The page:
Although copper is chemically active, readily combining with oxygen and other elements, under most circumstances these reactions occur relatively slowly and are not explosive. This is in contrast to alkali metals such as cesium and sodium, which react violently with water. Although metallic copper is safe to store, handle and use under most circumstances, some of its compounds are explosive.
Explosive chemical reactions occur when compounds undergo a rapid, violent release of energy. An explosive compound may be nominally stable, but a triggering event, such as a mechanical or electrical shock, breaks chemical bonds in the substance. When this happens, some of the molecules release energy, which sets off a chain reaction in neighboring molecules. This occurs at high speed, consuming the explosive substance in a few thousandths of a second and releasing energy as a shock wave.
Copper Compounds and Hydrogen Peroxide
Compounds such as copper acetylide have explosive properties, even though metallic copper does not. Copper atoms combine with acetylene, a highly combustible gas used in welding, to form copper acetylide. The compound reacts with water, releasing the gas and creating an explosion hazard. Copper tetrammine is another compound with the potential for explosion. In addition, metallic copper causes the explosive decomposition of hydrogen peroxide when the solution has a concentration of 30 percent or greater.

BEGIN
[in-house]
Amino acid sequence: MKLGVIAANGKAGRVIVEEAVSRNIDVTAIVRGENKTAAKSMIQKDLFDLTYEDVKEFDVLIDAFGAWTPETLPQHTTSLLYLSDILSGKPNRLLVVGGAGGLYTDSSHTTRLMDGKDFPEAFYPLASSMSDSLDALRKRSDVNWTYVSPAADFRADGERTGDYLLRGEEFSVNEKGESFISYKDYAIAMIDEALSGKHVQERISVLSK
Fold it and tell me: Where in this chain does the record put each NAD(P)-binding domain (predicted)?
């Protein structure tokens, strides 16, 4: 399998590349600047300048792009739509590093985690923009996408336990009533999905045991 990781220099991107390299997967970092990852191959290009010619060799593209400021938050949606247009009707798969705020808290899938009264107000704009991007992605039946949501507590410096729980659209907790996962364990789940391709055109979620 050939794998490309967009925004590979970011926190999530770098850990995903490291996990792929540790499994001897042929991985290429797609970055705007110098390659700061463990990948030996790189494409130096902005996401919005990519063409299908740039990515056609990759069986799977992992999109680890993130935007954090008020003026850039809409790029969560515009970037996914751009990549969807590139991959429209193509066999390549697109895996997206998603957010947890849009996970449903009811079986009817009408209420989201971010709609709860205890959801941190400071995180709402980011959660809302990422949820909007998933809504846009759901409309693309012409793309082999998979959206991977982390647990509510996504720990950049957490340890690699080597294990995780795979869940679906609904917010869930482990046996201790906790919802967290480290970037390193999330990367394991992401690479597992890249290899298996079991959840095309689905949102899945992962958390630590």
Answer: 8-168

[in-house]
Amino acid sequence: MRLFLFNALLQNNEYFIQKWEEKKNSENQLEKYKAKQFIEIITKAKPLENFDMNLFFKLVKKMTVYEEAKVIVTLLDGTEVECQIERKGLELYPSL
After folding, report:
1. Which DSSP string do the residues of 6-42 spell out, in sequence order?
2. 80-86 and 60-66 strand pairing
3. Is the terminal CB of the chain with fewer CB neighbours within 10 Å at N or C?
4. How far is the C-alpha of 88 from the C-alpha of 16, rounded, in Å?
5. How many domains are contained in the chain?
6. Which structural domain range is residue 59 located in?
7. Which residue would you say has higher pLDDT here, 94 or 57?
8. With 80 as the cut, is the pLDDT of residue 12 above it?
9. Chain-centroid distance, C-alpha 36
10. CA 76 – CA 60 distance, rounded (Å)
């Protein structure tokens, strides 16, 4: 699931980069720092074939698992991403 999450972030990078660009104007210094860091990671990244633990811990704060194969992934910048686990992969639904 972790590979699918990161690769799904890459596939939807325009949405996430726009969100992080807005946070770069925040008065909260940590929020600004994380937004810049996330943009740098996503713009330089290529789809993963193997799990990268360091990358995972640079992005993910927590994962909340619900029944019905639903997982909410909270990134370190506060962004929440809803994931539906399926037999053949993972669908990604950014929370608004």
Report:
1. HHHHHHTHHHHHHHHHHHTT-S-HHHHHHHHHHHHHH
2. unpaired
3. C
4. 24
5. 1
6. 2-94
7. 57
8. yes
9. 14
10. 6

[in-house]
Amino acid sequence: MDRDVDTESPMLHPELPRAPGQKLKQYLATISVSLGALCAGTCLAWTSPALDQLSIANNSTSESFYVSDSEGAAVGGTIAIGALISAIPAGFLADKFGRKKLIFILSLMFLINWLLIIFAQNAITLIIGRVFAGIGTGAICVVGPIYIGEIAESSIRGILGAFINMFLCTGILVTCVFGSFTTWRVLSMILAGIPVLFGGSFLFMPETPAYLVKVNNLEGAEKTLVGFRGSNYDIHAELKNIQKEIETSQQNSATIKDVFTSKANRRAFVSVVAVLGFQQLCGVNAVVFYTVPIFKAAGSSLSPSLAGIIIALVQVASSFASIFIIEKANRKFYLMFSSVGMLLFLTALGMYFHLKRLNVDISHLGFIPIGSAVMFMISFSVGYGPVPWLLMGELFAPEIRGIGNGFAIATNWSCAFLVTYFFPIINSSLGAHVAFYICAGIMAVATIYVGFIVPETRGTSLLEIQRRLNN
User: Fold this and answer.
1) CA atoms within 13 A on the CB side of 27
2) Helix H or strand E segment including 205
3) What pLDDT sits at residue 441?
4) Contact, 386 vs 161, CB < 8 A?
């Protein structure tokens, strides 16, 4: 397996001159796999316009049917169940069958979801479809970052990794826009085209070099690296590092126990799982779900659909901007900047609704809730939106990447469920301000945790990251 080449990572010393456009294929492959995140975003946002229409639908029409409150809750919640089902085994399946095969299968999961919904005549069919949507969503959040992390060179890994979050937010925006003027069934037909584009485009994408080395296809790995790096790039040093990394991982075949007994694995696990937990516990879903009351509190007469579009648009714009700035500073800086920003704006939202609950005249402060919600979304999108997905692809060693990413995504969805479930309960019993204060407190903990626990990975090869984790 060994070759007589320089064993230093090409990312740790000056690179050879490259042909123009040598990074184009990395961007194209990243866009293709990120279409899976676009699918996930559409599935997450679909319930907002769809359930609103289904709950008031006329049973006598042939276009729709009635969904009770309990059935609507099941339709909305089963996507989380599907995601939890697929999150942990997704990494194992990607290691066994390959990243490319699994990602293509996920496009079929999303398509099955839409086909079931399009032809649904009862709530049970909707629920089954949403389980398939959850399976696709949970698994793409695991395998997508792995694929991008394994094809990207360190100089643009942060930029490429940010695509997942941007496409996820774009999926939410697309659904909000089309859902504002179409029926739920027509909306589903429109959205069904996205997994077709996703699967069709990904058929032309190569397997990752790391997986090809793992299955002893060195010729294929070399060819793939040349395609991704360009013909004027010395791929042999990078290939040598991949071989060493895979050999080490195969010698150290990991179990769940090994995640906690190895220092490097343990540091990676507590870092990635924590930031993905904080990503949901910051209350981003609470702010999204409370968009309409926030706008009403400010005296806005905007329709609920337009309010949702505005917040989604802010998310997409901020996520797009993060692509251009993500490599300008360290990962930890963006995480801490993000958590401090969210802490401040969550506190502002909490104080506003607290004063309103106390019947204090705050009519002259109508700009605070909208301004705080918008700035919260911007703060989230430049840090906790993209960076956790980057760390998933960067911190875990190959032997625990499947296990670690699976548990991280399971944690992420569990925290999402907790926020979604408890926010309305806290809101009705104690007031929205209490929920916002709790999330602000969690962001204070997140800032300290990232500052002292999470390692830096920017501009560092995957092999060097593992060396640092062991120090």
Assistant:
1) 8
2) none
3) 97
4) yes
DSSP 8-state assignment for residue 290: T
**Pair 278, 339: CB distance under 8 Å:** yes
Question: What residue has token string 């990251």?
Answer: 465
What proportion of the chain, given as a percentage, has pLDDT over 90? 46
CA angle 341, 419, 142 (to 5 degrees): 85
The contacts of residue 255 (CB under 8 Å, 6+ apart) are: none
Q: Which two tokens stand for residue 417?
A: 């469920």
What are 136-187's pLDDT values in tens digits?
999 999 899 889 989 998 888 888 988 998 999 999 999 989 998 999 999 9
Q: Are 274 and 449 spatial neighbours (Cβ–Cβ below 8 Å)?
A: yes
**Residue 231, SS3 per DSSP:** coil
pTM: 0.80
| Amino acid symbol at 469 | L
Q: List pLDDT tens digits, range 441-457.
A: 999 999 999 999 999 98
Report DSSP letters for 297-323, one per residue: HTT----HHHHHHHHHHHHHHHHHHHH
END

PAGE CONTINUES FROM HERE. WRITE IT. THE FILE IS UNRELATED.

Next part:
A family of substances called “thermite,” while not explosive, produce enormous amounts of heat with temperatures of approximately 3,700 degrees Celsius (6,700 degrees Fahrenheit). Thermite is used to safely destroy land mines and to weld railroad rails. The substance consists of mixed fine metal powders; when ignited, one of the metals releases oxygen, and an aluminum powder absorbs it, giving off heat. One type of thermite employs powdered copper, an easily obtained alternative to powdered iron.
High Magnetic Fields
The forces inside high-powered experimental electromagnets are high enough to explode the copper windings that make the magnets work. When electricity flows through a wire, it produces a magnetic field around the wire. However, the forces between adjacent windings in a large electromagnet push against each other, producing stress in the wire. In most electromagnets, the forces are not strong enough to damage the windings, but the forces become larger as electrical currents increase. Experimental electromagnets have fields approaching 100 tesla -- about 30 times as strong as the powerful magnets used in magnetic resonance imaging (MRI) machines. Scientists run the magnets only for only two-hundredths of a second to prevent the copper windings from exploding.